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The Political Economy of Ideas: On Ideas Versus Interests in Policymaking

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  • Sharun Mukand
  • Dani Rodrik

Abstract

We develop a conceptual framework to highlight the role of ideas as a catalyst for policy and institutional change. We make an explicit distinction between ideas and vested interests and show how they feed into each other. In doing so the paper integrates the Keynes-Hayek perspective on the importance of ideas with the currently more fashionable Stigler-Becker (interests only) approach to political economy. We distinguish between two kinds of ideational politics – the battle among different worldviews on the efficacy of policy (worldview politics) versus the politics of victimhood, pride and identity (identity politics). Political entrepreneurs discover identity and policy ‘memes’ (narratives, cues, framing) that shift beliefs about how the world works or a person’s belief of who he is (i.e. identity). Our framework identifies a complementarity between worldview politics and identity politics and illustrates how they may reinforce each other. In particular, an increase in identity polarization may be associated with a shift in views about how the world works. Furthermore, an increase in income inequality is likely to result in a greater incidence of ideational politics. Finally, we show how ideas may not just constrain, but also ‘bite’ the interests that helped propagate them in the first instance.

Suggested Citation

  • Sharun Mukand & Dani Rodrik, 2018. "The Political Economy of Ideas: On Ideas Versus Interests in Policymaking," NBER Working Papers 24467, National Bureau of Economic Research, Inc.
  • Handle: RePEc:nbr:nberwo:24467
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    1. Arthur Blouin & Sharun W. Mukand, 2019. "Erasing Ethnicity? Propaganda, Nation Building, and Identity in Rwanda," Journal of Political Economy, University of Chicago Press, vol. 127(3), pages 1008-1062.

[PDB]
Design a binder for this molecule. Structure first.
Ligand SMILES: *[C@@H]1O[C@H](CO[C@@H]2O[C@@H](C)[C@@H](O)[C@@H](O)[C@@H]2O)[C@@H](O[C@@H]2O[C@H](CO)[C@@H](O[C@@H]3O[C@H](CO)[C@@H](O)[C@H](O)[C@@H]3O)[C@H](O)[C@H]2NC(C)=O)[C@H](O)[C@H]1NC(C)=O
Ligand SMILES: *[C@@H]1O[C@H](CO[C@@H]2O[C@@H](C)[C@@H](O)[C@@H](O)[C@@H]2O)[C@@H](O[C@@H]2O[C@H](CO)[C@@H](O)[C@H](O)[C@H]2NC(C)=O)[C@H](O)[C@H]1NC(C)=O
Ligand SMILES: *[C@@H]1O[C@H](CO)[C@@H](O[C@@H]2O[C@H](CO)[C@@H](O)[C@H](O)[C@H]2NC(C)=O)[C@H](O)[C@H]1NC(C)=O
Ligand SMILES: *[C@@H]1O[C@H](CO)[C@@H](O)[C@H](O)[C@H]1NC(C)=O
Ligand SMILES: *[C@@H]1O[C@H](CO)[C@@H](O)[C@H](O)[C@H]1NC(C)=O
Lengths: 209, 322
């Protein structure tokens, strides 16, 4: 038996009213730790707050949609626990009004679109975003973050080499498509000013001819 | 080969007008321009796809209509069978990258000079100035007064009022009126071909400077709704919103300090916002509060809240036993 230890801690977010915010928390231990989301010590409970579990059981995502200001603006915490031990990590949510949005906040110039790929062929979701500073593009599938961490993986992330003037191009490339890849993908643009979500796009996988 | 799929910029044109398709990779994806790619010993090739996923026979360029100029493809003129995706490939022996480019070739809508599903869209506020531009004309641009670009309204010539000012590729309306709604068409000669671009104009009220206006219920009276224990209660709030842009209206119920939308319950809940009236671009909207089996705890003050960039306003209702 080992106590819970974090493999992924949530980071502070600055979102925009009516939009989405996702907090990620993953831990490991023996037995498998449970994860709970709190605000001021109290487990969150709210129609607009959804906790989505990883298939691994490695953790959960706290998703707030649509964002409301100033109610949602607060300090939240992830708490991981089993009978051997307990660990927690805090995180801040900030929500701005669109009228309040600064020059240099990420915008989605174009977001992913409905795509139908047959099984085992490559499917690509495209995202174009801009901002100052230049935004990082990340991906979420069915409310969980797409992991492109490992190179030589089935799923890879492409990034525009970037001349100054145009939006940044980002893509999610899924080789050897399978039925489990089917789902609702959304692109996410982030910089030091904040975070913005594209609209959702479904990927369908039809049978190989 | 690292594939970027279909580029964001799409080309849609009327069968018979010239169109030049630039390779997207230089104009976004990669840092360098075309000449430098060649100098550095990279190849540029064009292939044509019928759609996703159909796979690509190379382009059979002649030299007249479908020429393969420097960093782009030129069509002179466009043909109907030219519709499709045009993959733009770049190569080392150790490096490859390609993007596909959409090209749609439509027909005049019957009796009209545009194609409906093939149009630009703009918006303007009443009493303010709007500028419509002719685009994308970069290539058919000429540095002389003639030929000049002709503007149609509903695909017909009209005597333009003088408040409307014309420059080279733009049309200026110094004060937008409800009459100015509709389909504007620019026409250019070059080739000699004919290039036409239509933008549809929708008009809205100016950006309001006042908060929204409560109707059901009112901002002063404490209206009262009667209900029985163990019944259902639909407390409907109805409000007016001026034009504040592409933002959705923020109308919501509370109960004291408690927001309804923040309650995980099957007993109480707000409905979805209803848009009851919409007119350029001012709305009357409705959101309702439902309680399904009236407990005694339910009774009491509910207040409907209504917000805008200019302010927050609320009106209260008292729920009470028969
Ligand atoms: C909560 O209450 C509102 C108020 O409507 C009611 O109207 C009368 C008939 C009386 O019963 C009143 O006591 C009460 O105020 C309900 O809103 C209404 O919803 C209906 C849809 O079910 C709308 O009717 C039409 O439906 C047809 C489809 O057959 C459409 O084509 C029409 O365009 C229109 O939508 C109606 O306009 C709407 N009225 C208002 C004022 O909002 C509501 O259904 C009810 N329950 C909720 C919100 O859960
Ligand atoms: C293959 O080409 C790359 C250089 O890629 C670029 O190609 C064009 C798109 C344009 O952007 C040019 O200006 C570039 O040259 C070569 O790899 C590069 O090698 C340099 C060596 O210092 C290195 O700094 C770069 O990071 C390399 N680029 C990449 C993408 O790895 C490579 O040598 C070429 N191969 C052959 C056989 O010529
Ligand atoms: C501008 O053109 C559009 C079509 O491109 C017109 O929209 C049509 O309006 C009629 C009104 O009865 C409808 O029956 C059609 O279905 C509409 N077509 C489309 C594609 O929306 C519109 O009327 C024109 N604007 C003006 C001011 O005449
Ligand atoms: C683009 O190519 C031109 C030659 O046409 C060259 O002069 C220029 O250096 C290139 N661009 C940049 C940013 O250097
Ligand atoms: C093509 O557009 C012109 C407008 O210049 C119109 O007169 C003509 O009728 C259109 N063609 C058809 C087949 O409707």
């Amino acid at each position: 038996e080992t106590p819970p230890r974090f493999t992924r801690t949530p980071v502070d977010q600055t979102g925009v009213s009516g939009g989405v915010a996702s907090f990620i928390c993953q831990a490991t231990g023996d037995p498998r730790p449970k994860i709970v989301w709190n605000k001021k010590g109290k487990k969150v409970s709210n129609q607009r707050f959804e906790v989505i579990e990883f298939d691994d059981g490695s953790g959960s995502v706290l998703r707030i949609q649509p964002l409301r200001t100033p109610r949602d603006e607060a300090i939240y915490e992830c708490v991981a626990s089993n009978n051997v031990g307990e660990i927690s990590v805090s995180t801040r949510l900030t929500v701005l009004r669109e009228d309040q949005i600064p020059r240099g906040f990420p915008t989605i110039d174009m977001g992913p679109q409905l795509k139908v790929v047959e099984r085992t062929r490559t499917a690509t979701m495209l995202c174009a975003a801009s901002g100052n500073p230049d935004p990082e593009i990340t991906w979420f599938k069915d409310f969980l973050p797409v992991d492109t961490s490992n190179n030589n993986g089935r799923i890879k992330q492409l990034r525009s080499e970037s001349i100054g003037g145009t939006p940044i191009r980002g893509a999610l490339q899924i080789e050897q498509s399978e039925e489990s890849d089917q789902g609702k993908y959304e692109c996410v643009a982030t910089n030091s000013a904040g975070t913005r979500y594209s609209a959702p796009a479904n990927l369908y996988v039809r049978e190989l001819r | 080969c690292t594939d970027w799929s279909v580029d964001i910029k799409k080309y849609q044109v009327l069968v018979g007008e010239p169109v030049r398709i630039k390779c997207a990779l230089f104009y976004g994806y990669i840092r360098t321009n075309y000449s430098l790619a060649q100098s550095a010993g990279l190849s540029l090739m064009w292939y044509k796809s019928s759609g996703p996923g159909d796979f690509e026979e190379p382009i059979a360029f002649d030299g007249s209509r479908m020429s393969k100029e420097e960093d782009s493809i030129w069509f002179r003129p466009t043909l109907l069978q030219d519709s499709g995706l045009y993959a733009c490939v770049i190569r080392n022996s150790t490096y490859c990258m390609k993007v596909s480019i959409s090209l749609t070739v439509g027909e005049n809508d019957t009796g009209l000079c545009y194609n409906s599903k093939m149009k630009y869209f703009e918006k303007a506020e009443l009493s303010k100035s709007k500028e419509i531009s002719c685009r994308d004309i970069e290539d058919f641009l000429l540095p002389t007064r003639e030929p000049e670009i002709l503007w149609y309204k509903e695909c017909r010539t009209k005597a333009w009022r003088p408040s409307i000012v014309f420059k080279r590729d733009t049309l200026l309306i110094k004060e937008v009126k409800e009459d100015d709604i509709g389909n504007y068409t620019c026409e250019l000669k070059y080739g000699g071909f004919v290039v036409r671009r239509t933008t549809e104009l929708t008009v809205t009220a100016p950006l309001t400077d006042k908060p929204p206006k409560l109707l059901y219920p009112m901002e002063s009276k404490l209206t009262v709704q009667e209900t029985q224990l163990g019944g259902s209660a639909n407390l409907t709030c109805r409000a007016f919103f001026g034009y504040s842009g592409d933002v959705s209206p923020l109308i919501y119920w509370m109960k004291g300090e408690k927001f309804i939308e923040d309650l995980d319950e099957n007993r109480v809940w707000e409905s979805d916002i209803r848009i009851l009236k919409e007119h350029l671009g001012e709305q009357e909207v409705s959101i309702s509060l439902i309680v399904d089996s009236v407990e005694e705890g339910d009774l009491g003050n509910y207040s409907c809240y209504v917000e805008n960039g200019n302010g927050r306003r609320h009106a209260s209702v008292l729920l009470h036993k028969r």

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    1. Arthur Blouin & Sharun W. Mukand, 2019. "Erasing Ethnicity? Propaganda, Nation Building, and Identity in Rwanda," Journal of Political Economy, University of Chicago Press, vol. 127(3), pages 1008-1062.
    2. Di Tella, Rafael & Rodrik, Dani, 2019. "Labour Market Shocks and the Demand for Trade Protection: Evidence from Online Surveys," CEPR Discussion Papers 14175, C.E.P.R. Discussion Papers.
    3. Rafael Di Tella & Dani Rodrik, 2019. "Labor Market Shocks and the Demand for Trade Protection: Evidence from Online Surveys," NBER Working Papers 25705, National Bureau of Economic Research, Inc.
    4. Carsten Hefeker & Michael Neugart, 2019. "Policy Coordination Under Model Disagreement and Uncertainty," Open Economies Review, Springer, vol. 30(4), pages 719-737, September.
    5. Vyacheslav V. Volchik & Maxim A. Koryttsev & Elena V. Maslyukova, 2019. "Institutions and ideology of managerialism in higher education and science," Upravlenets, Ural State University of Economics, vol. 10(6), pages 15-27, December.
    6. Rodríguez Chatruc, Marisol & Stein, Ernesto & Vlaicu, Razvan, 2021. "How issue framing shapes trade attitudes: Evidence from a multi-country survey experiment," Journal of International Economics, Elsevier, vol. 129(C).

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    More about this item

    JEL classification:

    • D72 - Microeconomics - - Analysis of Collective Decision-Making - - - Political Processes: Rent-seeking, Lobbying, Elections, Legislatures, and Voting Behavior
    • D78 - Microeconomics - - Analysis of Collective Decision-Making - - - Positive Analysis of Policy Formulation and Implementation

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